When a character gains an odd-numbered level, a bonus feat is earned. The player may select any feat for which the character meets the prerequisites. Some character classes offer bonus feats in addition to those earned by characters at odd-numbered levels, those bonus feats may need to be selected from particular lists of feats so it is important to consult that class’s description before selecting those bonus feats. Players familiar with other Open Gaming License games may note that this rate of feat acquisition is higher than in some other variants of the game.
Just because your character started as one class, does not mean that they must eschew all other skills and talents throughout their adventuring careers. While there are definite advantages in specializing in a single class, some players desire their characters to pick up different skills, breaking the mold of the typical character of their type. There are two options available for the characters to develop individualized dimensions: they may take on a Prestige Class (discussed in their own section) if the character meets the prerequisites or they may “multiclass” by choosing to take a level in a class other than their original class. In general, the multiclass character’s abilities will be the sum the abilities gained by each of their classes according to the levels achieved in those classes.
Two term distinctions become important for multiclass characters.
Class Level: Is the level achieved in an individual class, for instance, a character might be a 5th level wizard and a 3rd level fighter.
Character Level: Is the total number of “levels” earned by character, in the example above the wizard-fighter would be an 8th level character (having 8 character levels). Character level is used for determining how many XP the character needs to advance in level as well as the level-dependent benefits found on the table Character Advancement and Level-Dependent Bonuses.
Other abilities of the multiclass character follow these simple rules:
Hit Points: A character gains hit points from each class as his or her class level increases, adding the new hit points to the previous total.
Base Attack Bonus: Add the base attack bonuses gained from each class to get the character’s Base Attack Bonus (BAB).
Saving Throws: Add the save bonuses for each class together.
Skills: If a skill is a class skill for any of a multiclass character’s classes, then character level determines a skill’s maximum rank. (The maximum rank for a class skill is 3 + character level.) If a skill is not a class skill for any of a multiclass character’s classes, the maximum rank for that skill is one-half the maximum for a class skill.
Class Features: A multiclass character gets all the class features of all his or her classes but must also suffer the consequences of the special restrictions of all his or her classes. In the special case of turning undead, both clerics and experienced paladins have the same ability. If the character’s paladin level is 4th or higher, her effective turning level is her cleric level plus her paladin level minus 3.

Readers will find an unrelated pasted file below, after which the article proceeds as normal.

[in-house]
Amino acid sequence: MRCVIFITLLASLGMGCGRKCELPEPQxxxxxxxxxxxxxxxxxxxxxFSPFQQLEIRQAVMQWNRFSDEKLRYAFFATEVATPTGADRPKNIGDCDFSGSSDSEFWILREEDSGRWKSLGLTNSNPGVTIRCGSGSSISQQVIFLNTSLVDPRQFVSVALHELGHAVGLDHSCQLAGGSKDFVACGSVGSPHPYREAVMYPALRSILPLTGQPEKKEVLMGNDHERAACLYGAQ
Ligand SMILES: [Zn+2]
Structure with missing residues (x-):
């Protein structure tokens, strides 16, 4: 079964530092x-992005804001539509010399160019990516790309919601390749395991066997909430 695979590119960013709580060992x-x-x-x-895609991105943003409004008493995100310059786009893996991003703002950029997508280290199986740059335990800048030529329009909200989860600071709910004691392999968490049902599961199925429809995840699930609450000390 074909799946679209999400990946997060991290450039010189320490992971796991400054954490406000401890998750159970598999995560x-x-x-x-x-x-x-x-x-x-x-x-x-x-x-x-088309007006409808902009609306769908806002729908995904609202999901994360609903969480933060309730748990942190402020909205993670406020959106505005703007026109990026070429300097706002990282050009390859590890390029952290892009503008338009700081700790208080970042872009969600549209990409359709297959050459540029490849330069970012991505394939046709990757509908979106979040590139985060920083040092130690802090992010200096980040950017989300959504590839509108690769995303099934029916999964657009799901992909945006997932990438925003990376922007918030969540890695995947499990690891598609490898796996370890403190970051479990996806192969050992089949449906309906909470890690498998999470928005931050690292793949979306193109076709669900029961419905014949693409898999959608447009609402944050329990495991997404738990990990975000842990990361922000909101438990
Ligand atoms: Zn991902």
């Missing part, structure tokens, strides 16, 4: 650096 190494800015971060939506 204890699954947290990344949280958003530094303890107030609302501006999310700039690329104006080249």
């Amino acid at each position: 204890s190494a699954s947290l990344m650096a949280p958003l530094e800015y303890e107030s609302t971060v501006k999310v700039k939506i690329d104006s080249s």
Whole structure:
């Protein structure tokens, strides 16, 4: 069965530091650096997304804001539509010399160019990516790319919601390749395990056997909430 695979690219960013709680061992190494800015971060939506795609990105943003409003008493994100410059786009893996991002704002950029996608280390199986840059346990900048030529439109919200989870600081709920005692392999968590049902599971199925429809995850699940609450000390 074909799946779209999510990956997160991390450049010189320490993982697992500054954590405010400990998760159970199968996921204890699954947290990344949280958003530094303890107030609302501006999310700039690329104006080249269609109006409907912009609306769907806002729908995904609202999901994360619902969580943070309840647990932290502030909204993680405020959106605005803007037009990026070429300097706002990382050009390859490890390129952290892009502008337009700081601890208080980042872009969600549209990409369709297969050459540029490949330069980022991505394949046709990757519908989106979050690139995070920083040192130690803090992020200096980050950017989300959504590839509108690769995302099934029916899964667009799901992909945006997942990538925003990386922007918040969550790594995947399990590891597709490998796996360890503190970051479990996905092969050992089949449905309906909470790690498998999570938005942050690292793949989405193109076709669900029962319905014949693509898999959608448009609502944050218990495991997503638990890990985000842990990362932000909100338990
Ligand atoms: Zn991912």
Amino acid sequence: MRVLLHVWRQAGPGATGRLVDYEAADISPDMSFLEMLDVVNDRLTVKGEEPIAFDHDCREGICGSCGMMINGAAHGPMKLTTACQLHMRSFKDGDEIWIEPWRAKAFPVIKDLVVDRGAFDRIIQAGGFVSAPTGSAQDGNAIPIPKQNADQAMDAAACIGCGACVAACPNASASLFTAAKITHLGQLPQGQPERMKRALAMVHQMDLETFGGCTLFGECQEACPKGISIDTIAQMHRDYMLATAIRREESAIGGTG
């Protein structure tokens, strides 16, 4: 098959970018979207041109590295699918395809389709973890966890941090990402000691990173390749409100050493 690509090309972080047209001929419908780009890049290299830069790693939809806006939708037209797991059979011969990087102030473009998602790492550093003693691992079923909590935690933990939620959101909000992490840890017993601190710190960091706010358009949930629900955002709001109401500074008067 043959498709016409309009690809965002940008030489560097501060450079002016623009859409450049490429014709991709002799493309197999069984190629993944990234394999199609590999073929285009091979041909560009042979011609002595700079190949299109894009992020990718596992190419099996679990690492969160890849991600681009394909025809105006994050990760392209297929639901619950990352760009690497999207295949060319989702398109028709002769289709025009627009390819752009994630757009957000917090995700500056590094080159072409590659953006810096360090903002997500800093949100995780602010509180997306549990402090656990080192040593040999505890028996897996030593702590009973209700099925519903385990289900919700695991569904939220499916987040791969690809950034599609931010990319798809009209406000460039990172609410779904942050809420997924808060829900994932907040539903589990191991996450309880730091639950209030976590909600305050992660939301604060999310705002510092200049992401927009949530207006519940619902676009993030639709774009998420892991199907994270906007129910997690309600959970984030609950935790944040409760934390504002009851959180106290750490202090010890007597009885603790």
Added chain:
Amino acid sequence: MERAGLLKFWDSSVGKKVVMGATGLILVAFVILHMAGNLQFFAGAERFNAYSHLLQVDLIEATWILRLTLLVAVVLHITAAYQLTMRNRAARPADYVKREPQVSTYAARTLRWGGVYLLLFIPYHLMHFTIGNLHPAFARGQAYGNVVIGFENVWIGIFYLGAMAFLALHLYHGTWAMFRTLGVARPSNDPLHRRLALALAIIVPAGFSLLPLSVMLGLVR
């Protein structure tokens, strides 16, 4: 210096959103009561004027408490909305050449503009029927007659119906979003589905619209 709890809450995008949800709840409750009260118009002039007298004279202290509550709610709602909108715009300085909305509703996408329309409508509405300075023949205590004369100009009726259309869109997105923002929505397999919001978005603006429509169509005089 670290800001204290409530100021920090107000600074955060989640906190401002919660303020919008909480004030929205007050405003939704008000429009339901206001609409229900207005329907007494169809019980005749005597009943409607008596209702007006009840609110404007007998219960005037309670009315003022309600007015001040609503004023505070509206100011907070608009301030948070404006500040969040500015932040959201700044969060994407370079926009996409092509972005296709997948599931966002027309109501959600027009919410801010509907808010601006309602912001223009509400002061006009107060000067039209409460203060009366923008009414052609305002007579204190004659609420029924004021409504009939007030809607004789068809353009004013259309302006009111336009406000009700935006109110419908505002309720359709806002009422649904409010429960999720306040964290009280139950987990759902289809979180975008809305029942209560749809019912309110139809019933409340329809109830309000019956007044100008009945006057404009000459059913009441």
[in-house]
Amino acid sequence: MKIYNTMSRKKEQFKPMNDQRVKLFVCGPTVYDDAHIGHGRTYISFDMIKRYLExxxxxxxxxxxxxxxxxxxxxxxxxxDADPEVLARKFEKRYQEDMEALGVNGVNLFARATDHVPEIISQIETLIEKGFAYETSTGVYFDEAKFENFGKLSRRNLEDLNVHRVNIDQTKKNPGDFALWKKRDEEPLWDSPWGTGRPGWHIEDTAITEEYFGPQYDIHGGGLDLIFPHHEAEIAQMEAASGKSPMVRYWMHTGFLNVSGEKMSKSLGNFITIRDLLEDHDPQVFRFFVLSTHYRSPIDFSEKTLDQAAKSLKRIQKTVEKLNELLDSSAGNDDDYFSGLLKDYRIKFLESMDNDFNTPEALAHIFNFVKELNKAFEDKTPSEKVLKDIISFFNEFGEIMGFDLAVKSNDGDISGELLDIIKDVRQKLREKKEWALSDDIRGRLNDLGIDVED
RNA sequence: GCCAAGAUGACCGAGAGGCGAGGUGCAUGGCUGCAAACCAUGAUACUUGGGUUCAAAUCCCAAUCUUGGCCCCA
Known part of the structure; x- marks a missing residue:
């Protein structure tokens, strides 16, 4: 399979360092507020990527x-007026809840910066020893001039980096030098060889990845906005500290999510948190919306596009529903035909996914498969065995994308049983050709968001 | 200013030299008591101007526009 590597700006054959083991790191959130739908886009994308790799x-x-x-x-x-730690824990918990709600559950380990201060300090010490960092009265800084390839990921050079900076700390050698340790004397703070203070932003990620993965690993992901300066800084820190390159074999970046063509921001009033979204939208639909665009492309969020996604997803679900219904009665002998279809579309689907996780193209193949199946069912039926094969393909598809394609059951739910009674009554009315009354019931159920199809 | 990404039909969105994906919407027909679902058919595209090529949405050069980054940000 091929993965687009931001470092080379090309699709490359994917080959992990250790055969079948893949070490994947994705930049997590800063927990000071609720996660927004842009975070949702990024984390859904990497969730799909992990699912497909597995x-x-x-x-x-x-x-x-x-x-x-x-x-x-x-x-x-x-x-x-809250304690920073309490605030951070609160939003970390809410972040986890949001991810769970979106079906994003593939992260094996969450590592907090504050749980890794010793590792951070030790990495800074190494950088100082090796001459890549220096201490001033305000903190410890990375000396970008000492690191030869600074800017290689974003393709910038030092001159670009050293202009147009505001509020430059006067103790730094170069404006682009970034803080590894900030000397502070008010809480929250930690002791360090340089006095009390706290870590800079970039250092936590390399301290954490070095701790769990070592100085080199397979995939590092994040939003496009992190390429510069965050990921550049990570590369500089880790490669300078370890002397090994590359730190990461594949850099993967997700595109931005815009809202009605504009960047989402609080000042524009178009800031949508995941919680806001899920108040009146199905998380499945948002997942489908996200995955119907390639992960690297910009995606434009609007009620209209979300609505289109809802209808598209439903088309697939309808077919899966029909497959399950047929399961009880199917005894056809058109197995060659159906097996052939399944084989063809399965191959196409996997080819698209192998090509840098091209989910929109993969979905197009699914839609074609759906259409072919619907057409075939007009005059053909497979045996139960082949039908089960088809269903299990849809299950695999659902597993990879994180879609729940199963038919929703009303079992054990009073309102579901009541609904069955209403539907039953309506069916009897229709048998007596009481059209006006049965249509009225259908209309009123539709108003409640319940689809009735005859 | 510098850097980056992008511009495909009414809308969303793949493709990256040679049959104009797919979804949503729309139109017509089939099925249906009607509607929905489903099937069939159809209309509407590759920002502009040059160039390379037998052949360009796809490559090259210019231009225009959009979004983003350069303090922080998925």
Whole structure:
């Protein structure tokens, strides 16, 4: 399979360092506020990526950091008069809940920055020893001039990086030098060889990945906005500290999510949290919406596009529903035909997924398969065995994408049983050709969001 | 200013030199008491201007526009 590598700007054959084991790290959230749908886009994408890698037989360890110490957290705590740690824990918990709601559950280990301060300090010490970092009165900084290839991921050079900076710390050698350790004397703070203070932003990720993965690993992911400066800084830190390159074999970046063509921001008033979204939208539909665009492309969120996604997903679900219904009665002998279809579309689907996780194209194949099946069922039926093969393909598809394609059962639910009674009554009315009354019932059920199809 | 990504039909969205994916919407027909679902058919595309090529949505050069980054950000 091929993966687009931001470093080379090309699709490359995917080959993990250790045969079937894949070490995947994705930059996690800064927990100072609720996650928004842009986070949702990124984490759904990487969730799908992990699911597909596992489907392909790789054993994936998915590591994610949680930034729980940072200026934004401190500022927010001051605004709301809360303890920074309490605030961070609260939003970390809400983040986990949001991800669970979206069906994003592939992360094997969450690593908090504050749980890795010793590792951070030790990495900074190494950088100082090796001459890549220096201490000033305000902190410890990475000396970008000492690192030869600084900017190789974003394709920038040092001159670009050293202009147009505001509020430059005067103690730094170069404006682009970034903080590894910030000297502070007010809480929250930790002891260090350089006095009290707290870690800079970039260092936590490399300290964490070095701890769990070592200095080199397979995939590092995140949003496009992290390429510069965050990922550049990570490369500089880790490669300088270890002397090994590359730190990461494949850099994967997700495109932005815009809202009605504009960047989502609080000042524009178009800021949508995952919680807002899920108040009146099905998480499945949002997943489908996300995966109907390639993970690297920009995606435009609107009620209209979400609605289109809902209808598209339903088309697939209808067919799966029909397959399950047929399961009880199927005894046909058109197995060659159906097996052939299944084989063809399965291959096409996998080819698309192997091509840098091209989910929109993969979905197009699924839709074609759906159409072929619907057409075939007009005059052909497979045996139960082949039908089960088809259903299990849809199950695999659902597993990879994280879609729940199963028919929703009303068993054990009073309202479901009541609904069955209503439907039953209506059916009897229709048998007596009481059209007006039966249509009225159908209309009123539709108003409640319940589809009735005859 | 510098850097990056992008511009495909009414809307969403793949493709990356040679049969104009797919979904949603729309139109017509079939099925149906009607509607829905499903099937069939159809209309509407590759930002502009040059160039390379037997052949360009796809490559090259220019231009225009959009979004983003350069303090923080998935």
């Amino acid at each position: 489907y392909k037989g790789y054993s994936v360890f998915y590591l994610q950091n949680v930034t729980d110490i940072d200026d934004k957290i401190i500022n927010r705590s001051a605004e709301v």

If a character has uncanny dodge from two classes, they instead gain improved uncanny dodge, if they do not already have it. Levels from all classes contributing the uncanny dodge ability are added together to determine the rogue level an attacker needs to flank her.
If multiple classes grant the use of a familiar, levels from those classes are added together to determine the familiar’s natural armor, Intelligence score, and special abilities.
Feats: A multiclass character gains feats based on character levels, regardless of individual class level. Note that some classes (like fighters) gain bonus feats according to class level in addition to the normal feats gained by character level.
Ability Increases: A multiclass character gains ability score increases based on character level, regardless of individual class level.
Spells: The character gains spells from all of his or her spellcasting classes and keeps a separate spell list for each class. If a spell’s effect is based on the class level of the caster, the player must keep track of which class’s spell list the character is casting the spell from.
Multiclass Penalty: There are no multiclass penalties in Cailore Fantasy; however characters can take levels in only two standard (non-prestige) classes. The class which is noted as the favored class of the character’s race does not count against this total. Therefore a hill dwarf could take levels in unto three classes, so long as one of those classes was fighter. Humans get to choose their favored class, therefore they can choose any three classes to take levels in. The drawback of multi-classing is that it limits a character’s access to the highest-level (and most powerful) abilities, spells, and bonuses available to any class.
Advancing Beyond 20th Level
Please see our forthcoming book Cailore Epic Adventures for more information about advancing your characters beyond the 20 levels found in these rules. Cailore Epic Adventures also includes rules for pursuing immortality and exploring the multiverse beyond Ǻrth.